Golf: Woods passes golf supremacy to Koepka at PGA Championship

Brooks Koepka and Tiger Woods shake hands on the 18th green during the second round of the 2019 PGA Championship at the Bethpage Black course in in Farmingdale, New York, on May 17, 2019.
Brooks Koepka and Tiger Woods shake hands on the 18th green during the second round of the 2019 PGA Championship at the Bethpage Black course in in Farmingdale, New York, on May 17, 2019.PHOTO: GETTY IMAGES/AFP

BETHPAGE (AFP) - There wasn't a ceremony and Brooks Koepka says he needs plenty more Major wins to match Tiger Woods, but the aura of golf invincibility has been passed, at least verbally.

It happened at the PGA Championship after defending champion Koepka fired a five-under 65 at Bethpage Black on Friday (May 17) to seize a seven-stroke lead on 12-under 128.

It's the largest 36-hole lead in modern Major history. It's the lowest 36-hole score in Major history by two shots.

And it's clear Woods, Koepka's playing partner the past two days who missed the cut with scores of 72 and 73, sees what happens when a new generation learns from his legend.

"At 29, he has got many more years ahead of him where he can do this," Woods said. "He paid his dues. He found a game and a dedication that he needed to play well and he's doing that."

Woods edged Koepka by a stroke last month to win the Masters, ending an 11-year Major win drought for his 15th career Major title. He won the first 14 with big 54-hole leads and sees Koepka's ability to do the same now.

"He's driving it 330 yards in the middle of the fairway. He's got 9-irons when most of us are hitting 5-irons, 4-irons, and he's putting well," Woods said.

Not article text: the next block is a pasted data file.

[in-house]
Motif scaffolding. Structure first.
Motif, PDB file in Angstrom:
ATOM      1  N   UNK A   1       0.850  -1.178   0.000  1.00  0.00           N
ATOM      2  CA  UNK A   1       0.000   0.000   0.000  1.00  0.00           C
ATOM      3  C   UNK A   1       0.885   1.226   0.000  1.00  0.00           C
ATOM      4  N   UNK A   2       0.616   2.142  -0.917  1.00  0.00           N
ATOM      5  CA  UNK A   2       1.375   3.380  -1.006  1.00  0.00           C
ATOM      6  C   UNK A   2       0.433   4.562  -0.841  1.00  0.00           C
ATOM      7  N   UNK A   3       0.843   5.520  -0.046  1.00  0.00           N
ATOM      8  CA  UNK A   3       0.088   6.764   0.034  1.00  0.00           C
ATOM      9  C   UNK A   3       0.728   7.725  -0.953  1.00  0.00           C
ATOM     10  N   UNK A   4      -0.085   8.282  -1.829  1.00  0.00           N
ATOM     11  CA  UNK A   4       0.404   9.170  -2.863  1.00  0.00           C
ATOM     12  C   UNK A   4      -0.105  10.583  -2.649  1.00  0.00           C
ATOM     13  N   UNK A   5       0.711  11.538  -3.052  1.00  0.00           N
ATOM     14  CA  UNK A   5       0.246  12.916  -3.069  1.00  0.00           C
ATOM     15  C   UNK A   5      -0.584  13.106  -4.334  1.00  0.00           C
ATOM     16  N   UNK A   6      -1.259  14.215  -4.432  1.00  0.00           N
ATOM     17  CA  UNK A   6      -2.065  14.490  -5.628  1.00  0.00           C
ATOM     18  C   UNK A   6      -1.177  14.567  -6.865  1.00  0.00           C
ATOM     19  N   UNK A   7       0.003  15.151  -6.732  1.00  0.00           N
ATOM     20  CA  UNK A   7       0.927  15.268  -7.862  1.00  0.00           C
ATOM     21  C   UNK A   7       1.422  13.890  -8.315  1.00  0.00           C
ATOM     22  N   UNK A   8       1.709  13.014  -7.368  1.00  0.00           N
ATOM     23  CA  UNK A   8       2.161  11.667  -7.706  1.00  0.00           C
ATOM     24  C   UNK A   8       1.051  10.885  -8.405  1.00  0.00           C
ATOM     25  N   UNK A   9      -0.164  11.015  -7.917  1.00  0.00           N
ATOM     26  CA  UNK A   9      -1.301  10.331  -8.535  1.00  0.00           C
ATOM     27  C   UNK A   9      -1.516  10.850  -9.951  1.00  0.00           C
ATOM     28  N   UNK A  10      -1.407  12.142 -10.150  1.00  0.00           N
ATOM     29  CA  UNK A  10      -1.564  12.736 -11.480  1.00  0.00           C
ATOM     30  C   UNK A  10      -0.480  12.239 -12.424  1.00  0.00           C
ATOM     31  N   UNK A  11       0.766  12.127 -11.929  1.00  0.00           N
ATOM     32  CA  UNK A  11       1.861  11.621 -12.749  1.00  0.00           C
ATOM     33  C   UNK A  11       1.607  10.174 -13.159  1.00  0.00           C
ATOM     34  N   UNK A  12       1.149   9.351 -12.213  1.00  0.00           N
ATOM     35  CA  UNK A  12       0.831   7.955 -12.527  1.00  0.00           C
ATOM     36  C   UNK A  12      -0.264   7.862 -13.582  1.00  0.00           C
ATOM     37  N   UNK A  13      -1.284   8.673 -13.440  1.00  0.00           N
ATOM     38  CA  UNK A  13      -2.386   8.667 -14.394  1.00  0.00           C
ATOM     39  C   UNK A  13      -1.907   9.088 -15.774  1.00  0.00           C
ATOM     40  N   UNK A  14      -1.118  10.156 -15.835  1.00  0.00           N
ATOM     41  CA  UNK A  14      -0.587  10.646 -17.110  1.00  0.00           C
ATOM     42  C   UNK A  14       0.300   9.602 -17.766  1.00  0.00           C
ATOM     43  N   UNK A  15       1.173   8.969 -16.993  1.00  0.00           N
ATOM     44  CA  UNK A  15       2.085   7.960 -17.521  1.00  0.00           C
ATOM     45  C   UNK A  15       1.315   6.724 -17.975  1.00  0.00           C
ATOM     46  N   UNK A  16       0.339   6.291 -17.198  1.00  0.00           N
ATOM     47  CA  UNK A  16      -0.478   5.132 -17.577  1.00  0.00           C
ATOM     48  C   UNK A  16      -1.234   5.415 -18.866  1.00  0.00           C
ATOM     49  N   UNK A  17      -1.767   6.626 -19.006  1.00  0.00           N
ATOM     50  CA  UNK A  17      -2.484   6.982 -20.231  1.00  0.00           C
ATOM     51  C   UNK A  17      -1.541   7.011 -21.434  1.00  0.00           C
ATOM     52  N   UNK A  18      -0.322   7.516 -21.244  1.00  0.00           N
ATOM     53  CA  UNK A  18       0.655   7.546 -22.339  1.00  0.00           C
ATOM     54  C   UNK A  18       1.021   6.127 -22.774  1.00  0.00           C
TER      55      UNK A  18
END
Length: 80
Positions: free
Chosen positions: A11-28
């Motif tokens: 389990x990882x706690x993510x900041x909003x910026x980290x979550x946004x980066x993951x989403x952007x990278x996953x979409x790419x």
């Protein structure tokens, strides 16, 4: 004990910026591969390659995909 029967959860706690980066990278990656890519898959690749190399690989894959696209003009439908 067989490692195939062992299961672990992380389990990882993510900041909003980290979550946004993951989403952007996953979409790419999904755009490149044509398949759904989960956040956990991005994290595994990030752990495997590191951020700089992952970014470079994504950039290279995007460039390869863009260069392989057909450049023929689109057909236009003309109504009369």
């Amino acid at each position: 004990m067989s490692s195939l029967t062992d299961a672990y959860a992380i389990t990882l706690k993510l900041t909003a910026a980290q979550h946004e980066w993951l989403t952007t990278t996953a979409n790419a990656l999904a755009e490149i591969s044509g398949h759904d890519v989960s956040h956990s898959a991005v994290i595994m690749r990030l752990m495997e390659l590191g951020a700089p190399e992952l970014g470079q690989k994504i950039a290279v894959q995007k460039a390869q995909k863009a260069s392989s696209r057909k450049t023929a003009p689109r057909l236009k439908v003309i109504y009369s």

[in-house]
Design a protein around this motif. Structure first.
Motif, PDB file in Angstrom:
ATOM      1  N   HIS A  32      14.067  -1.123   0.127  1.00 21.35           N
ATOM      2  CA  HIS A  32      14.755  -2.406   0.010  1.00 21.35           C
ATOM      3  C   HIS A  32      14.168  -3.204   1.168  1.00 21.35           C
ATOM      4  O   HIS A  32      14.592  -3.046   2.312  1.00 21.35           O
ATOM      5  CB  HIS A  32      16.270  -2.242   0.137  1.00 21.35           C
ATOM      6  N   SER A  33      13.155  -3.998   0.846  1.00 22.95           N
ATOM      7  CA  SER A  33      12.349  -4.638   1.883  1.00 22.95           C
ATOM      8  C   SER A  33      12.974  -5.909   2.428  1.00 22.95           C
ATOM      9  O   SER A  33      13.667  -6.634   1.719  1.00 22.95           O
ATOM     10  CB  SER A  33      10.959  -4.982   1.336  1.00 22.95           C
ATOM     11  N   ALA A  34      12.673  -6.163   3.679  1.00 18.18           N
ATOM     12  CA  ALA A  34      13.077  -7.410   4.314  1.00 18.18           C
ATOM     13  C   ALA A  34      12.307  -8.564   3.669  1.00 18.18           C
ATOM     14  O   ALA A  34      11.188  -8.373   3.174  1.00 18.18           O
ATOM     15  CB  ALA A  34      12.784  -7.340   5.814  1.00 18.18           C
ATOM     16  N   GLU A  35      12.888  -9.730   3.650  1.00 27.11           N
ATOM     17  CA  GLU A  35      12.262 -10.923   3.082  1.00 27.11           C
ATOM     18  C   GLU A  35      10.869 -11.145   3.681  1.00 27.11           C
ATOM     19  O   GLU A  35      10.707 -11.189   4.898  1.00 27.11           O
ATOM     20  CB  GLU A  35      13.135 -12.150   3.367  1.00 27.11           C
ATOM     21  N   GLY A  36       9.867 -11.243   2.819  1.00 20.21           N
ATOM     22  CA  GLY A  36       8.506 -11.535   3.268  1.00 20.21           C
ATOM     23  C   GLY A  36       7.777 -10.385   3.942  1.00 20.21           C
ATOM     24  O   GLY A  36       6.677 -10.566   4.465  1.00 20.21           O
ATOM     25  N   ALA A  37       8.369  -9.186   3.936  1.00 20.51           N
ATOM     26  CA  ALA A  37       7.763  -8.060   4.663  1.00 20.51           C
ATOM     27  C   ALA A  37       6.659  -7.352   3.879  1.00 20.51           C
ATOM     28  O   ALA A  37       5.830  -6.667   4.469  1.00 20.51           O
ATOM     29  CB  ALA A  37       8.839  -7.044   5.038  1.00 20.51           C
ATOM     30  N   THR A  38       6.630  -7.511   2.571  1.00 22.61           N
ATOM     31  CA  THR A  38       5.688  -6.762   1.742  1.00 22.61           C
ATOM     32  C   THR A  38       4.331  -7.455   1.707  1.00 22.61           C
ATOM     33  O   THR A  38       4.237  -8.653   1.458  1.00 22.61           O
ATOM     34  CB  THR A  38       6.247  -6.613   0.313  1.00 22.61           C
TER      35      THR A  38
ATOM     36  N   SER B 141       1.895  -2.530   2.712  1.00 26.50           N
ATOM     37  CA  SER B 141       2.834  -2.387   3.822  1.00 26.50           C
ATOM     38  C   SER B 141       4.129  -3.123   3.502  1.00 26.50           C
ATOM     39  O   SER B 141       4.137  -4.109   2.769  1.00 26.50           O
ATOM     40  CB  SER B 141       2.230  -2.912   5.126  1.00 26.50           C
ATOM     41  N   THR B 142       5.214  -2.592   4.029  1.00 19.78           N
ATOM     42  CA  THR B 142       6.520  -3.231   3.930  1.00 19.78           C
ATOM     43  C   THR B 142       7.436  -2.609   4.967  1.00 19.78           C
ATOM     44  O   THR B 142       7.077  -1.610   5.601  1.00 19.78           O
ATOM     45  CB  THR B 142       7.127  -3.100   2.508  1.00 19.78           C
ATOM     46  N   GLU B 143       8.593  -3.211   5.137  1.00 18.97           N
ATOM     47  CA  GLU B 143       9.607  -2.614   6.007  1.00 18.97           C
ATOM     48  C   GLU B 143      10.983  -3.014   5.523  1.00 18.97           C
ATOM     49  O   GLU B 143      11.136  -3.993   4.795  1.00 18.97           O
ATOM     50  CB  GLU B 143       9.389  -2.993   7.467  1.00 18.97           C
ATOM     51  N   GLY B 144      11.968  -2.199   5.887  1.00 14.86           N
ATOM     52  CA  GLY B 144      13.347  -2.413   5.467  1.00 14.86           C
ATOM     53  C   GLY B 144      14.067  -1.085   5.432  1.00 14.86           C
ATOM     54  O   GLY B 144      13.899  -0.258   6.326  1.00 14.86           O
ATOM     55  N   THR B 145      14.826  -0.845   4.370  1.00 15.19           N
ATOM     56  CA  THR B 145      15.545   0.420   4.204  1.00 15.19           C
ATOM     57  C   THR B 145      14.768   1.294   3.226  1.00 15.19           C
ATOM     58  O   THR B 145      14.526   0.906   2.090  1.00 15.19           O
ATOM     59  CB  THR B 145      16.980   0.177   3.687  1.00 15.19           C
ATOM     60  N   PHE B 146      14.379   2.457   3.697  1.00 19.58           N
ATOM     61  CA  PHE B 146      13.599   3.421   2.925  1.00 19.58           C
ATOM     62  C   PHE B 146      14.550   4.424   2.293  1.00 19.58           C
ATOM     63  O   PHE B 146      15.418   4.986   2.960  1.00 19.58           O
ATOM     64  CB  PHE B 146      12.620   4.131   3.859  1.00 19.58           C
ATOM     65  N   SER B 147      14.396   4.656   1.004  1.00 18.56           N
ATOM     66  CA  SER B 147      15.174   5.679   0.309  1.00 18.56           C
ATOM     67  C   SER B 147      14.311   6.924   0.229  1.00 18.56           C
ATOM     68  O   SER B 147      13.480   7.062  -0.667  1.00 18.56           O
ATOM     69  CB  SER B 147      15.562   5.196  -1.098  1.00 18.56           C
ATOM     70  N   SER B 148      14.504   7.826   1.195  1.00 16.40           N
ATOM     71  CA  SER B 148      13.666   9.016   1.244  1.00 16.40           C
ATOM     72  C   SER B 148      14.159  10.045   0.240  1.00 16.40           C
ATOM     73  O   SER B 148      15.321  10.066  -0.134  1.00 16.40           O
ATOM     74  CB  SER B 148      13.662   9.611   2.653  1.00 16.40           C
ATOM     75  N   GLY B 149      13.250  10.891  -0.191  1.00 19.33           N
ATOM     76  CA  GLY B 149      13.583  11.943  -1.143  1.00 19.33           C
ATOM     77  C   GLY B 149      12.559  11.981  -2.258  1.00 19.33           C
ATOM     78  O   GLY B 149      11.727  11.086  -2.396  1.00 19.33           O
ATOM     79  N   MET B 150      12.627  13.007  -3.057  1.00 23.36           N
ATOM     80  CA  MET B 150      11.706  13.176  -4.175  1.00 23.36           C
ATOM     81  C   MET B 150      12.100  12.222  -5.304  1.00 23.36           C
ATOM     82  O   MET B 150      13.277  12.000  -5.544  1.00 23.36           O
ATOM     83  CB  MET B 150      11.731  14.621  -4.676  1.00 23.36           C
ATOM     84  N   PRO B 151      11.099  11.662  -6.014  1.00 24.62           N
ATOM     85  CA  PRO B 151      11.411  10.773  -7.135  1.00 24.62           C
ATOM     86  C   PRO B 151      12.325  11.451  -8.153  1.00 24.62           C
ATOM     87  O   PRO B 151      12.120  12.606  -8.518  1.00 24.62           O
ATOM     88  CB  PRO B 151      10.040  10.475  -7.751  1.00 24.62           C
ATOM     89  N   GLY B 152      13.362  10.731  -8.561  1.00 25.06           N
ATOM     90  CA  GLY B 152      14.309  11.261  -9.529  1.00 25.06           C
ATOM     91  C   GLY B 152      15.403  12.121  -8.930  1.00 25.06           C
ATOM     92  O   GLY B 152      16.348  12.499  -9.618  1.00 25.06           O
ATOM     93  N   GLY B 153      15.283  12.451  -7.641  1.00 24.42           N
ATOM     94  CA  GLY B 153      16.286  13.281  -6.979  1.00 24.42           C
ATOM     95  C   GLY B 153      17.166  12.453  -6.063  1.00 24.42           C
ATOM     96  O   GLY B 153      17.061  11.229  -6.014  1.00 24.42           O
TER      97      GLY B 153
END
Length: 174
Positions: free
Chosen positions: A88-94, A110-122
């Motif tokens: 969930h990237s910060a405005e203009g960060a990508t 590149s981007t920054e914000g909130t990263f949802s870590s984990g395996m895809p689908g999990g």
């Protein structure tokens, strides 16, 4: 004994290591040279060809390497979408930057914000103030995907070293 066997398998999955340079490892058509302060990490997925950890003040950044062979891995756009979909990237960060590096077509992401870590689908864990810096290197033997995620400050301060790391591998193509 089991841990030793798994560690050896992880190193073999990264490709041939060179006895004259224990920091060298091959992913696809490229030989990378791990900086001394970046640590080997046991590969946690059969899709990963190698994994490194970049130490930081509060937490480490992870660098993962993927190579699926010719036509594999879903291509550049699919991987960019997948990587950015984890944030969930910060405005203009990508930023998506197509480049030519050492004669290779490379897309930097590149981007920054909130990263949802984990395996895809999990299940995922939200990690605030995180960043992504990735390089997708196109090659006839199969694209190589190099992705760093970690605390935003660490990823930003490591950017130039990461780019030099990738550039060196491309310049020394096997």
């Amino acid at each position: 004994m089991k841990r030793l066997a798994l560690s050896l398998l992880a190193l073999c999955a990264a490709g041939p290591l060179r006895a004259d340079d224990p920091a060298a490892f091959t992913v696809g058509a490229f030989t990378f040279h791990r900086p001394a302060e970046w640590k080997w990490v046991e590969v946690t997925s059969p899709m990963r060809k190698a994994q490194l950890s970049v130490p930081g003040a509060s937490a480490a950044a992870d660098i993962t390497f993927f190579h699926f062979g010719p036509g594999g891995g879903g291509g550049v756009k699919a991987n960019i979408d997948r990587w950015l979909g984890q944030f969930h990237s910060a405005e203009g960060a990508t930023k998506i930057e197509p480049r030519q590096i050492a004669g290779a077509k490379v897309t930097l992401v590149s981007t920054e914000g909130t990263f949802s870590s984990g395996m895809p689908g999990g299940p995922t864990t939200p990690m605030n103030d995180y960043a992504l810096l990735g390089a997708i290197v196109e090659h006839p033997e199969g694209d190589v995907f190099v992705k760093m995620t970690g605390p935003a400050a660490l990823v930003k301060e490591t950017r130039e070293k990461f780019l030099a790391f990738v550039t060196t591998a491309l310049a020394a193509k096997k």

"That adds up to a pretty substantial lead and if he keeps doing what he's doing, there's no reason why he can't build on this lead."

Woods can see himself in Koepka.

"Relative to the field, I was about that long early in my career, when you're able to hit the ball much further than other players," Woods said.

"We're both able to generate speed. I didn't have muscle. I did it through whip and timing. Brooksy has just got pure power and he's an athlete."

Koepka dismisses the hurry to anoint him as the new Tiger, even as he admits he has a great chance to win his fourth Major in his past eight starts on Sunday.

"I've got 11 more to go or 12 more to go before that happens," Koepka said.

Koepka said that when Woods shook his hand after the round, he said:"Keep it up. Great playing, and finish it off strong."

Koepka said it wasn't even a great day, lamenting his two bogeys.

"I didn't strike it that good. But the way I hung in there today and battled it, I think was probably more impressive than (his 63), not having your A game but still being able to shoot a great score."

American Jordan Spieth, trying to win to complete a career Grand Slam, and Australia's Adam Scott shared second on 135.

Spieth, who hasn't had a top-20 finish all year and hasn't won since the 2017 British Open, shot 66 while Scott fired a 64, a bogey at the par-three 17th costing him a share of the course record.

Englishman Matt Wallace shared fourth on 136 with Americans Kelly Kraft, Luke List, Daniel Berger and world No. 1 Dustin Johnson. Second-ranked Justin Rose of England was ninth on 137.